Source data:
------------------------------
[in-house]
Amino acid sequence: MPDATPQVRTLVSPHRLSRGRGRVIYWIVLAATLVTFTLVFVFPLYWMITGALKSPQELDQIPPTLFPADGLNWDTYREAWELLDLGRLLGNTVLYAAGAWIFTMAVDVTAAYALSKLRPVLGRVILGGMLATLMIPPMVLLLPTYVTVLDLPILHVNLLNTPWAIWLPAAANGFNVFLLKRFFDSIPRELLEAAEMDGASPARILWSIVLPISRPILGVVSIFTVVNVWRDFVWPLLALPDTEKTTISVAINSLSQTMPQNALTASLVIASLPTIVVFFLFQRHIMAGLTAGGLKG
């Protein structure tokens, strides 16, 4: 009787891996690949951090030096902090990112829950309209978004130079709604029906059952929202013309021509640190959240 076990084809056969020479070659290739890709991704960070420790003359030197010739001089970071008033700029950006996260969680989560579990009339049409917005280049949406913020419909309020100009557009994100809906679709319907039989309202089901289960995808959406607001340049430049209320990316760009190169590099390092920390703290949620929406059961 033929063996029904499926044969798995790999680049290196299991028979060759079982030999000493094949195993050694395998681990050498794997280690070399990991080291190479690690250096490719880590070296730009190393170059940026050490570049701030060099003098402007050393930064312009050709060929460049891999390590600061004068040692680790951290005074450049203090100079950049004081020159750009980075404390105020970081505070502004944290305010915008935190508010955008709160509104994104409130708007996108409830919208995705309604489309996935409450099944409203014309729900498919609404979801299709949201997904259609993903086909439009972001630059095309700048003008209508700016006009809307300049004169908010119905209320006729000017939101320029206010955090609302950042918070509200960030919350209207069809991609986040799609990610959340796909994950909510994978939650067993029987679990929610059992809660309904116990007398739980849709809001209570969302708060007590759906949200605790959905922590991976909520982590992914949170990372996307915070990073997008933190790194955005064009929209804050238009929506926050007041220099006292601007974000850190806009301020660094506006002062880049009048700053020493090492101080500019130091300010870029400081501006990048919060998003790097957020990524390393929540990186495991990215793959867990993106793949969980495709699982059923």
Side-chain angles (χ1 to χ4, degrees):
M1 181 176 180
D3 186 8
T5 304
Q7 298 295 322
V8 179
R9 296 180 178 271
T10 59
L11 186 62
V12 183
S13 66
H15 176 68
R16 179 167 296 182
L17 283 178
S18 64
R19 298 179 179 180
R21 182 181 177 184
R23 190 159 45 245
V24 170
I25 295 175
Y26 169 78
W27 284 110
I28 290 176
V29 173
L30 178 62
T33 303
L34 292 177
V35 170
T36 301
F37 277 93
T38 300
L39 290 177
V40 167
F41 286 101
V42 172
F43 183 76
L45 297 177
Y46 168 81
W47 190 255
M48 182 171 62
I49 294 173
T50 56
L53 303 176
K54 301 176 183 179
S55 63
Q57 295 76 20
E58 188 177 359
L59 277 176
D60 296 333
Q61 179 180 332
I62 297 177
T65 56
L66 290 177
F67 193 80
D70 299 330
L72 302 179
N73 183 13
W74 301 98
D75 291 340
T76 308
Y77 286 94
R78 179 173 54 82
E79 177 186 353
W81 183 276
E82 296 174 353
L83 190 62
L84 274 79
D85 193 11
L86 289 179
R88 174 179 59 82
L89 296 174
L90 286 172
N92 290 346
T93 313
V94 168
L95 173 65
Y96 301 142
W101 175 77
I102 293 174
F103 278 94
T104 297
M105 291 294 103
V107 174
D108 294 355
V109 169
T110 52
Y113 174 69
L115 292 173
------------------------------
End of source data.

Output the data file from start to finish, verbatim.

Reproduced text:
[in-house]
Amino acid sequence: MPDATPQVRTLVSPHRLSRGRGRVIYWIVLAATLVTFTLVFVFPLYWMITGALKSPQELDQIPPTLFPADGLNWDTYREAWELLDLGRLLGNTVLYAAGAWIFTMAVDVTAAYALSKLRPVLGRVILGGMLATLMIPPMVLLLPTYVTVLDLPILHVNLLNTPWAIWLPAAANGFNVFLLKRFFDSIPRELLEAAEMDGASPARILWSIVLPISRPILGVVSIFTVVNVWRDFVWPLLALPDTEKTTISVAINSLSQTMPQNALTASLVIASLPTIVVFFLFQRHIMAGLTAGGLKG
């Protein structure tokens, strides 16, 4: 009787891996690949951090030096902090990112829950309209978004130079709604029906059952929202013309021509640190959240 076990084809056969020479070659290739890709991704960070420790003359030197010739001089970071008033700029950006996260969680989560579990009339049409917005280049949406913020419909309020100009557009994100809906679709319907039989309202089901289960995808959406607001340049430049209320990316760009190169590099390092920390703290949620929406059961 033929063996029904499926044969798995790999680049290196299991028979060759079982030999000493094949195993050694395998681990050498794997280690070399990991080291190479690690250096490719880590070296730009190393170059940026050490570049701030060099003098402007050393930064312009050709060929460049891999390590600061004068040692680790951290005074450049203090100079950049004081020159750009980075404390105020970081505070502004944290305010915008935190508010955008709160509104994104409130708007996108409830919208995705309604489309996935409450099944409203014309729900498919609404979801299709949201997904259609993903086909439009972001630059095309700048003008209508700016006009809307300049004169908010119905209320006729000017939101320029206010955090609302950042918070509200960030919350209207069809991609986040799609990610959340796909994950909510994978939650067993029987679990929610059992809660309904116990007398739980849709809001209570969302708060007590759906949200605790959905922590991976909520982590992914949170990372996307915070990073997008933190790194955005064009929209804050238009929506926050007041220099006292601007974000850190806009301020660094506006002062880049009048700053020493090492101080500019130091300010870029400081501006990048919060998003790097957020990524390393929540990186495991990215793959867990993106793949969980495709699982059923």
Side-chain angles (χ1 to χ4, degrees):
M1 181 176 180
D3 186 8
T5 304
Q7 298 295 322
V8 179
R9 296 180 178 271
T10 59
L11 186 62
V12 183
S13 66
H15 176 68
R16 179 167 296 182
L17 283 178
S18 64
R19 298 179 179 180
R21 182 181 177 184
R23 190 159 45 245
V24 170
I25 295 175
Y26 169 78
W27 284 110
I28 290 176
V29 173
L30 178 62
T33 303
L34 292 177
V35 170
T36 301
F37 277 93
T38 300
L39 290 177
V40 167
F41 286 101
V42 172
F43 183 76
L45 297 177
Y46 168 81
W47 190 255
M48 182 171 62
I49 294 173
T50 56
L53 303 176
K54 301 176 183 179
S55 63
Q57 295 76 20
E58 188 177 359
L59 277 176
D60 296 333
Q61 179 180 332
I62 297 177
T65 56
L66 290 177
F67 193 80
D70 299 330
L72 302 179
N73 183 13
W74 301 98
D75 291 340
T76 308
Y77 286 94
R78 179 173 54 82
E79 177 186 353
W81 183 276
E82 296 174 353
L83 190 62
L84 274 79
D85 193 11
L86 289 179
R88 174 179 59 82
L89 296 174
L90 286 172
N92 290 346
T93 313
V94 168
L95 173 65
Y96 301 142
W101 175 77
I102 293 174
F103 278 94
T104 297
M105 291 294 103
V107 174
D108 294 355
V109 169
T110 52
Y113 174 69
L115 292 173